If we think back a few years, it seems like there was a new trendy fashion item every Christmas.  In 2004 it was initials on accessories, in 2005 sequin handbags, and in 2006 crystal brooches.  That year the showcases of department stores sparkled with brooches.  Each item faded away except the crystal brooches that seem to be here to stay. 

But even crystal brooches faded away in the department store showcases while demand continued.  The gorgeous designs draw a lot of inspiration from the first half of the twentieth century—Art Nuevo, Art Deco, and designs from The Golden Age of Costume Jewelry.  Brooches make wonderful Christmas gifts for Mom, for office gift exchanges, and for other special occasions like bridesmaid gifts.  But the only reliable supplier is small businesses specializing in glitzy and formal jewelry. 


 Demand is high.  According to Google, there are 450,000 searches for per month for brooches and another 673,000 searches for brooch.  That means customers are looking for brooches and this is a wonderful opportunity for small business. 

A high number of major businesses started as small businesses.  Popeye’s Fried Chicken began with one chicken house in Arabi, La.  Ugg boots took hold in the US when the Australian, Brian Smith, sold them to surfers in California.  This is a small sampling of the importance of small business to the US economy.   In addition to being the incubator for larger businesses, small business hires nearly half the US workers and is the engine for employment with 65% of new hires.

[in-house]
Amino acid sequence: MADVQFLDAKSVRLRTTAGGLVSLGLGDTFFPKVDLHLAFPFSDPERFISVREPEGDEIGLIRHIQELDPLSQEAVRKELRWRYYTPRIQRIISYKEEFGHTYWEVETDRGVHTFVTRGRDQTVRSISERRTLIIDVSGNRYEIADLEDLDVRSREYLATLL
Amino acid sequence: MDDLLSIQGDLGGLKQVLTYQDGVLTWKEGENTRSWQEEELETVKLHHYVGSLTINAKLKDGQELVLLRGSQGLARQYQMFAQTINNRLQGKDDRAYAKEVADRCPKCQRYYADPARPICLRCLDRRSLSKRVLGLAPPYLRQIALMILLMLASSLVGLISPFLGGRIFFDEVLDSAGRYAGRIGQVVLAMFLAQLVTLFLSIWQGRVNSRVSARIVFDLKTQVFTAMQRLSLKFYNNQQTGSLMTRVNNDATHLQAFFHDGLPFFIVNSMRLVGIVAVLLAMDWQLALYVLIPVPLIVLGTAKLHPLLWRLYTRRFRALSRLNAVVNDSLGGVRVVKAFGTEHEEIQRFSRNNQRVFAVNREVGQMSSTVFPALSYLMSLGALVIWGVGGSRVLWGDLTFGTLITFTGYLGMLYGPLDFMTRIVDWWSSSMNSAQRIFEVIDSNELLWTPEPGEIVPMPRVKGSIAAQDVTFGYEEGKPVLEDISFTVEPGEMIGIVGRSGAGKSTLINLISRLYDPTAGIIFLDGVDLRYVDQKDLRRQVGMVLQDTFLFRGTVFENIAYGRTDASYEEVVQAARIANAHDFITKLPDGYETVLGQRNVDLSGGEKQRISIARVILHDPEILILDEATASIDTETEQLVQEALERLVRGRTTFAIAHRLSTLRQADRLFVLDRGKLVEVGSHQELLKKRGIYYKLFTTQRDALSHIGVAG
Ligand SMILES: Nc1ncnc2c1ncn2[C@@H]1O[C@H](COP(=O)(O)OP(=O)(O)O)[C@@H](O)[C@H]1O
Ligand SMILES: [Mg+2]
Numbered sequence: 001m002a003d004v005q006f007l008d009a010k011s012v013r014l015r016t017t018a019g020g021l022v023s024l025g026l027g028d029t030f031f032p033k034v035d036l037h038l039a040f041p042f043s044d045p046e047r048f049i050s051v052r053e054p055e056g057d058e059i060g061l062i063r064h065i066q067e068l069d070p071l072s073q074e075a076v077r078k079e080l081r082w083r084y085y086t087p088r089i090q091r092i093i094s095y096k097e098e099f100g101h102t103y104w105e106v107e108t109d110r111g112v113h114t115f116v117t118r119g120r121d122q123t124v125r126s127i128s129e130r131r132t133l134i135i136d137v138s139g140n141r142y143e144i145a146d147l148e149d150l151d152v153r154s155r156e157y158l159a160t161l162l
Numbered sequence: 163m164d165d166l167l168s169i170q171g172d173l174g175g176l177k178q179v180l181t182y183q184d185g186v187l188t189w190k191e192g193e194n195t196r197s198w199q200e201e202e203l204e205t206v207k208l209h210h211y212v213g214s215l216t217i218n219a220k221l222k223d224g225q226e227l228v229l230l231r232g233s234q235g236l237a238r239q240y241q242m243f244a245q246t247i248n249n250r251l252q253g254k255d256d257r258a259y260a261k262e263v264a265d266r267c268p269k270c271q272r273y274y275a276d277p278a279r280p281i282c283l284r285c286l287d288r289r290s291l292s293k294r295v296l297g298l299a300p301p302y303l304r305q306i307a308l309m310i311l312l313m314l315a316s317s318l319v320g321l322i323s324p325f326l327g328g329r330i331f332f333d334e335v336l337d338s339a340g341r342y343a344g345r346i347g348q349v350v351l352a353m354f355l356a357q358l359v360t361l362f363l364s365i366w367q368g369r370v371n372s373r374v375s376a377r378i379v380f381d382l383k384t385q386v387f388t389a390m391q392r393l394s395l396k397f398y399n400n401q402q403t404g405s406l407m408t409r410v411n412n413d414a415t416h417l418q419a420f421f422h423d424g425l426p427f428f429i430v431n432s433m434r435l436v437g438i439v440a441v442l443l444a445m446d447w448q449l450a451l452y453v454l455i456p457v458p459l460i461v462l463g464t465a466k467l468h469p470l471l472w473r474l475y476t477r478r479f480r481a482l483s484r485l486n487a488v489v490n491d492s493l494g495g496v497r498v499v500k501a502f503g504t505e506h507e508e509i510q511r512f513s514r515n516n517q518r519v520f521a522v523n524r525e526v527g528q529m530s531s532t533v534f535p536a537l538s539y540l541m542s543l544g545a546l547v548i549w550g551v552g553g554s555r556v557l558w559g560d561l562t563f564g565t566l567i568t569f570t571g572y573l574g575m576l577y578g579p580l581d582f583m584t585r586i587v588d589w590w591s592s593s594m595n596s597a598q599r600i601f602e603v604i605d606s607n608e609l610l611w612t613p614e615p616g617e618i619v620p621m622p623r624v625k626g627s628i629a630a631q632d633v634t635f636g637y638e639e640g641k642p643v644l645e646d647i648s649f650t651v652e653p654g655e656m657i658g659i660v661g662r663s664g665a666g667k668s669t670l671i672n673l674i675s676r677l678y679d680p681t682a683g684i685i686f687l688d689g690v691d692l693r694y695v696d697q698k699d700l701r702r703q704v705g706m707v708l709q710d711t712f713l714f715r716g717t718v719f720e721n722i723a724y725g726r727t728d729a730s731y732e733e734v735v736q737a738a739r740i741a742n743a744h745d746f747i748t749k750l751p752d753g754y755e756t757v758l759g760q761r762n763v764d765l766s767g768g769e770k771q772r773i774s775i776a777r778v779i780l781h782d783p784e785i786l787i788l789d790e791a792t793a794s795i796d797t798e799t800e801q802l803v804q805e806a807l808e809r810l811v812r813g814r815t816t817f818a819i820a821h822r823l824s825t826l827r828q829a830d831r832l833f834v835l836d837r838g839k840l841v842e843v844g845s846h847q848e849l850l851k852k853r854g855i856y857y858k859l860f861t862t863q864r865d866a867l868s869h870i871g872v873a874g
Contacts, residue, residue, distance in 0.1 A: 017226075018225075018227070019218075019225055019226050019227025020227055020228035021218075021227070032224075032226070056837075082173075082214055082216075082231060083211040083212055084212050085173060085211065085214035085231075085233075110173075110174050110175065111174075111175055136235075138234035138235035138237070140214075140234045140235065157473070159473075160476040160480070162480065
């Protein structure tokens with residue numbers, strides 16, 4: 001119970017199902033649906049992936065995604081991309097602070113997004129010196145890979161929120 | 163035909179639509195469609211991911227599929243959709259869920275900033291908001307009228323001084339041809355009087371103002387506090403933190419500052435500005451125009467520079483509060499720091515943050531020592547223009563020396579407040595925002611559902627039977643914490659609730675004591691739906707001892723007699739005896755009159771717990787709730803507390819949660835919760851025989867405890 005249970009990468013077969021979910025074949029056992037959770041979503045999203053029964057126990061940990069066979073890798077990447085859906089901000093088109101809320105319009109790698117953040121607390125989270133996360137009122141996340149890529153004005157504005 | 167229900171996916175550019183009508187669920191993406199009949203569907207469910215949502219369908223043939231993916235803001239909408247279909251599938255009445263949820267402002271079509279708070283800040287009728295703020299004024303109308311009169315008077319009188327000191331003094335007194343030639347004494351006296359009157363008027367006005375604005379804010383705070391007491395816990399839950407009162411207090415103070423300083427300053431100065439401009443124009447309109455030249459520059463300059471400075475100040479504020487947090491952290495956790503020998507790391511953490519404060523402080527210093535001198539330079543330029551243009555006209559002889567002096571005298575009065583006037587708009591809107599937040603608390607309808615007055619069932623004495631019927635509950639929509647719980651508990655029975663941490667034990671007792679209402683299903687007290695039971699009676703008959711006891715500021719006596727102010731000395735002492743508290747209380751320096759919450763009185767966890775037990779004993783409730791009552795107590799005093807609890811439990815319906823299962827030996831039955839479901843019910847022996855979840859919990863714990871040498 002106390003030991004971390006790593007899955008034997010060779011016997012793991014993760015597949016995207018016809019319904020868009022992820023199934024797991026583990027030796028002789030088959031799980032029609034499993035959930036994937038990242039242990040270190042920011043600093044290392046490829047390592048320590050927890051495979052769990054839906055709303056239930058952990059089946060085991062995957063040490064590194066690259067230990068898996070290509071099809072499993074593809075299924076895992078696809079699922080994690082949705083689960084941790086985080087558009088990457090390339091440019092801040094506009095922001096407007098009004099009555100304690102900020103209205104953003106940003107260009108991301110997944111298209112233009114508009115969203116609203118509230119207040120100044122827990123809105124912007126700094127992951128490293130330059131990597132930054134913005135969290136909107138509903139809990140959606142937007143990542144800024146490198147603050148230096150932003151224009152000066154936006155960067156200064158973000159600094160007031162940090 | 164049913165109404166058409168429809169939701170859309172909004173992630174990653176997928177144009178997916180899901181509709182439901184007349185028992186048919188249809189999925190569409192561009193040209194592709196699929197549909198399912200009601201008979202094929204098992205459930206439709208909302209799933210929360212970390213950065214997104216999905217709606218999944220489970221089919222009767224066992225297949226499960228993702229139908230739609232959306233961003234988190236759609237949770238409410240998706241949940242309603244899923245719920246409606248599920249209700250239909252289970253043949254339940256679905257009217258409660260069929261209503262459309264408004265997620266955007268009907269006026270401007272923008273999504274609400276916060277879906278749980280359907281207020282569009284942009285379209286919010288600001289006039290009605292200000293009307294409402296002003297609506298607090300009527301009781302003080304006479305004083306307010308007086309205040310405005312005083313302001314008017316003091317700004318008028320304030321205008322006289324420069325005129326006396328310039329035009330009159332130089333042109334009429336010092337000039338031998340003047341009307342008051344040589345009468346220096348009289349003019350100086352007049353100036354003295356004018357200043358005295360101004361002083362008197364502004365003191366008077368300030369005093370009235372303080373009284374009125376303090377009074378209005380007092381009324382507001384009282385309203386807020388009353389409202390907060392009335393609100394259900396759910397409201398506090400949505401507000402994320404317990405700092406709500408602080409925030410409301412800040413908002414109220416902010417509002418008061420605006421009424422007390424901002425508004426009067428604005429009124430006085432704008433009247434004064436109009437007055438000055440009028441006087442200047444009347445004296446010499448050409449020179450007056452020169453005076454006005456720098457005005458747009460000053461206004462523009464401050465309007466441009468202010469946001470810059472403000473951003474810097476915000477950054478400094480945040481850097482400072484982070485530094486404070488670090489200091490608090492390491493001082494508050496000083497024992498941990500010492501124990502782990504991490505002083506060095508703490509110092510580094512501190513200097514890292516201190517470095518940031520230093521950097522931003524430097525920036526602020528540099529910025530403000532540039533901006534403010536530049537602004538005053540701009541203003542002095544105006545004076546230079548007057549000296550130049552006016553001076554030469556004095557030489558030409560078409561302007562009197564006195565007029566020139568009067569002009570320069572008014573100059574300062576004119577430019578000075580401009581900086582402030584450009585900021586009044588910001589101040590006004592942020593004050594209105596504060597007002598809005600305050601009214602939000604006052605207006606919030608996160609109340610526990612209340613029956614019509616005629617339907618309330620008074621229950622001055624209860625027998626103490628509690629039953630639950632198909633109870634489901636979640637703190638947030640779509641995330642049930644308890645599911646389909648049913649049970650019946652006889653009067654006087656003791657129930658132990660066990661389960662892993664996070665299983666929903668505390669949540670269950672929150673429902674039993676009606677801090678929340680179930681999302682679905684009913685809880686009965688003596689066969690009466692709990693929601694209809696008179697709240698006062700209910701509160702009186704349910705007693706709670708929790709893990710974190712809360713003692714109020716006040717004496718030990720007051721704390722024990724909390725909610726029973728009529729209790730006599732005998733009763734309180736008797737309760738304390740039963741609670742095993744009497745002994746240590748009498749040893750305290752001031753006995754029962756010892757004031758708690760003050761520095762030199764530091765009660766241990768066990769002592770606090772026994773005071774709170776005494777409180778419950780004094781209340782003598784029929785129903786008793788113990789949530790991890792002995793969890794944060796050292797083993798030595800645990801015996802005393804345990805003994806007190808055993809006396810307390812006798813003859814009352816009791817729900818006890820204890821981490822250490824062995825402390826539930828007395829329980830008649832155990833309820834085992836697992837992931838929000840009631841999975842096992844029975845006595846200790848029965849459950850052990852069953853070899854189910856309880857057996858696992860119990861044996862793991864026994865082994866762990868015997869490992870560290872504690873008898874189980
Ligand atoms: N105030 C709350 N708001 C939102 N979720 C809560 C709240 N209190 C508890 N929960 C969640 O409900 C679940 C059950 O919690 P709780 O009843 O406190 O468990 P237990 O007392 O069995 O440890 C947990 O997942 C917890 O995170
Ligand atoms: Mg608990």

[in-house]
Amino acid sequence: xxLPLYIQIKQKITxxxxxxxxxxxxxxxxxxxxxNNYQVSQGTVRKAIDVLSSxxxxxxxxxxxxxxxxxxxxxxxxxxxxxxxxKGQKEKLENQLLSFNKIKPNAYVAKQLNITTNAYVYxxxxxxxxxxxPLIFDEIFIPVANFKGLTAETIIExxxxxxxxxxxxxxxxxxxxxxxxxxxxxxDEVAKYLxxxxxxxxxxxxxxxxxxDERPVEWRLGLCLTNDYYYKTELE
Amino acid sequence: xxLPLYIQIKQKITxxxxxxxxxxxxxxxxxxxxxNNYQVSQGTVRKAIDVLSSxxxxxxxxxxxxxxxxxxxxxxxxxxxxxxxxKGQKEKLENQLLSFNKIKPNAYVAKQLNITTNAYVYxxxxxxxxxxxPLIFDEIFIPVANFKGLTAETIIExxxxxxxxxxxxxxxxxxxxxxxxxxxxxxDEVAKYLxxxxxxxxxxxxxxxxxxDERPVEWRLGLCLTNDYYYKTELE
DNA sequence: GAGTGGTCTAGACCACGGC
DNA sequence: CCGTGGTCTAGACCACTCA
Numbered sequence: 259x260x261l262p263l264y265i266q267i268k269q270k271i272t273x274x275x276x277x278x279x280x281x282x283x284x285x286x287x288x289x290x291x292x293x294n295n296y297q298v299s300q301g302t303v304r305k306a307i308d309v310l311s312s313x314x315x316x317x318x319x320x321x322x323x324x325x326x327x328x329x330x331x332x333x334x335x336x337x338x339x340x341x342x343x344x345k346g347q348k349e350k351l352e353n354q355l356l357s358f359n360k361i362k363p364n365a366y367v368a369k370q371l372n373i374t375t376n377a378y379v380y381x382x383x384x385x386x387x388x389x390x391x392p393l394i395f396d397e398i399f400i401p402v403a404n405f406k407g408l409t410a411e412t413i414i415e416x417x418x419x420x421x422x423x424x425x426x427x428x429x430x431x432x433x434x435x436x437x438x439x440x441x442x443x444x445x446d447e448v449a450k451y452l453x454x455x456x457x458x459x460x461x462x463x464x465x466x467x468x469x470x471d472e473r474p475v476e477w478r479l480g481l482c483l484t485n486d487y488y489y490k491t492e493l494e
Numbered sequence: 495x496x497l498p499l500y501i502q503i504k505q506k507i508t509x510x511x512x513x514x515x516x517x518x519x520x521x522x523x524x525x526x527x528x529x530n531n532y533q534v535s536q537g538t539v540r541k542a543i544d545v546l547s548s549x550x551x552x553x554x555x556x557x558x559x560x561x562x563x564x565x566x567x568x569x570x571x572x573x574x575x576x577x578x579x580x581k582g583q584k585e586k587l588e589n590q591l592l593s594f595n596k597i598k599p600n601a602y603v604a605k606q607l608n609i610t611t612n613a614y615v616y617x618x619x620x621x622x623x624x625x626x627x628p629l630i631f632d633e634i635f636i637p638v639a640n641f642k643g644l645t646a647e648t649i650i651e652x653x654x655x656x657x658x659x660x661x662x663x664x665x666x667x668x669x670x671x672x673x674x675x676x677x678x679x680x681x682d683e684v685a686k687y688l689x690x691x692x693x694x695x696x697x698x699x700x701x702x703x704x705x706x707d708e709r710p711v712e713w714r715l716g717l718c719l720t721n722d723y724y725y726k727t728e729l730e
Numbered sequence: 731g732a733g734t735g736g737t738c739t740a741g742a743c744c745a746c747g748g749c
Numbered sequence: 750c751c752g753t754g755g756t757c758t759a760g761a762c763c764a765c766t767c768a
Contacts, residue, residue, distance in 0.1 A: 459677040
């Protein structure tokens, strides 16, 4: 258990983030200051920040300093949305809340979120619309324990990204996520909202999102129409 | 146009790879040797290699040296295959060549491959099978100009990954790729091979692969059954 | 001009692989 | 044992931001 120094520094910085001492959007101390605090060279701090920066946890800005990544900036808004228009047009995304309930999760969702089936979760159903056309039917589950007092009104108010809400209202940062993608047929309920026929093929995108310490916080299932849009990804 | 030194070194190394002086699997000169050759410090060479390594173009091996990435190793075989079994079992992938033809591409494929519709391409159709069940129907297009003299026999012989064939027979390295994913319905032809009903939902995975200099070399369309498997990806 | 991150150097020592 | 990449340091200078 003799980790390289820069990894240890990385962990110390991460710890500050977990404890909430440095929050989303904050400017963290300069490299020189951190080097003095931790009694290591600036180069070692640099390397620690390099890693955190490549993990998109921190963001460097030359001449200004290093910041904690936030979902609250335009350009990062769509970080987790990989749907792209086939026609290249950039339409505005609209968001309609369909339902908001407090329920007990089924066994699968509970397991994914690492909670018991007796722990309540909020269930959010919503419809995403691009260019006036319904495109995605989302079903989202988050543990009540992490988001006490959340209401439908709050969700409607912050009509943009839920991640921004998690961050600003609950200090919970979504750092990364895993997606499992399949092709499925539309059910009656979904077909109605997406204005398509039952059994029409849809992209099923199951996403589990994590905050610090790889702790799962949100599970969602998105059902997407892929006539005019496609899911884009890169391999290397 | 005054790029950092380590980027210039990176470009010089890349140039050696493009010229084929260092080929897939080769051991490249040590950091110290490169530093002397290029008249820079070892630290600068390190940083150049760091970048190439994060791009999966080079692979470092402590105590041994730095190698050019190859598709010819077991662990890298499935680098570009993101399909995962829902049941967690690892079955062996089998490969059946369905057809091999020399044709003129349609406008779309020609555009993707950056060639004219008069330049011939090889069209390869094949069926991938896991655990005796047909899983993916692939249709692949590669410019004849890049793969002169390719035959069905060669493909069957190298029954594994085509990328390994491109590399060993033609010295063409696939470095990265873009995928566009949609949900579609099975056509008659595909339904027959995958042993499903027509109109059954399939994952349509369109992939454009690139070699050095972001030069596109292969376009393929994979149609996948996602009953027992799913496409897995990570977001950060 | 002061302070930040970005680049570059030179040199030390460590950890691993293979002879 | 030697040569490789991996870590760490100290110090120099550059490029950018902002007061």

So survival of small business is important.  Retailers can zero in on areas of fashion where consumers trust them more than they trust the big box companies and consumers need to keep small business in mind when shopping.

Comments (0) Posted by admin on Wednesday, December 7th, 2011

Filed under Bracelets, Bridal Accessories, Bridal Jewelry, Brooches, Costume Jewelry, Crystal Jewelry, Earrings, Fashion Accessories, Fashion Jewelry, Fashion Jewelry Trends, Fashion Trends, Hats, Necklace Sets, Tiaras, Uncategorized, Wholesale Jewelry
Share Button

Accessories Magazine reviews trends shaping fashion jewelry and accessories each season based on the fashion shows that preview the coming season.  Major fashion stories result from sorting all the tangents of designers crossing the runways.  The last blog covered the first two for fall and this blog covers the next two—a dual that seems to contradict each other as fashion statements.  Accessories Magazine’s Survival Mode borders on grunge while Ice Queen has a classy majestic look.     


As different as the trends seem, both find inspiration in the dominant mood of the times—economic uncertainty.  Survival mode finds an obvious connection.  First impression is the rugged attire of inhabitants of the arctic tundra.  Earth tone colors with patches of fur deliver a nomadic appearance.  Inspiration is global with Scandinavian prints, African crafts, English tweeds, and Alpine flairs all contributing.